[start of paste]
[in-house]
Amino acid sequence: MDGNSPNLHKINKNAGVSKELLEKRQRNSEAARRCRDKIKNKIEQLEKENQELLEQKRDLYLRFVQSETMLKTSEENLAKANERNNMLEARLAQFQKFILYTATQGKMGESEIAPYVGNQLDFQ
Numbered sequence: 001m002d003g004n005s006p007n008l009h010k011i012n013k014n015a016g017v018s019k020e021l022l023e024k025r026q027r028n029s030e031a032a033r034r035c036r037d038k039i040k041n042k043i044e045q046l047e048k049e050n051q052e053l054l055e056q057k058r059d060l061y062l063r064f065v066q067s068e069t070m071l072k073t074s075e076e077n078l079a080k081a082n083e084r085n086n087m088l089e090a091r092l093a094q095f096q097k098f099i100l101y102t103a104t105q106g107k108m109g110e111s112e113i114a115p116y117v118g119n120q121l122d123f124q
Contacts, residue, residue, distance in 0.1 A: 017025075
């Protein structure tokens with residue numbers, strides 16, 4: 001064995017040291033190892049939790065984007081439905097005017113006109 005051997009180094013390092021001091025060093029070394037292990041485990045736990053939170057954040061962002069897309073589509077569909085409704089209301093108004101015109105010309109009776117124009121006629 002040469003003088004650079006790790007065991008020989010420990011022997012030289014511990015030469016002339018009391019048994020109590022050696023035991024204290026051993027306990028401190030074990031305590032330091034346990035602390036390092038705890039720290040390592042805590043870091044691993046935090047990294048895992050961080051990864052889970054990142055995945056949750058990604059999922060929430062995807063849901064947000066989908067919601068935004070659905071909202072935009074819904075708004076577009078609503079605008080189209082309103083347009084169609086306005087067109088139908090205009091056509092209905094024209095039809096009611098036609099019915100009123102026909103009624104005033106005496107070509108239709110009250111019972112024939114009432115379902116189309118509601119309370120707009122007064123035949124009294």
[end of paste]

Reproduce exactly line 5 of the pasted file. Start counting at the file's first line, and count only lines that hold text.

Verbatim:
């Protein structure tokens with residue numbers, strides 16, 4: 001064995017040291033190892049939790065984007081439905097005017113006109 005051997009180094013390092021001091025060093029070394037292990041485990045736990053939170057954040061962002069897309073589509077569909085409704089209301093108004101015109105010309109009776117124009121006629 002040469003003088004650079006790790007065991008020989010420990011022997012030289014511990015030469016002339018009391019048994020109590022050696023035991024204290026051993027306990028401190030074990031305590032330091034346990035602390036390092038705890039720290040390592042805590043870091044691993046935090047990294048895992050961080051990864052889970054990142055995945056949750058990604059999922060929430062995807063849901064947000066989908067919601068935004070659905071909202072935009074819904075708004076577009078609503079605008080189209082309103083347009084169609086306005087067109088139908090205009091056509092209905094024209095039809096009611098036609099019915100009123102026909103009624104005033106005496107070509108239709110009250111019972112024939114009432115379902116189309118509601119309370120707009122007064123035949124009294």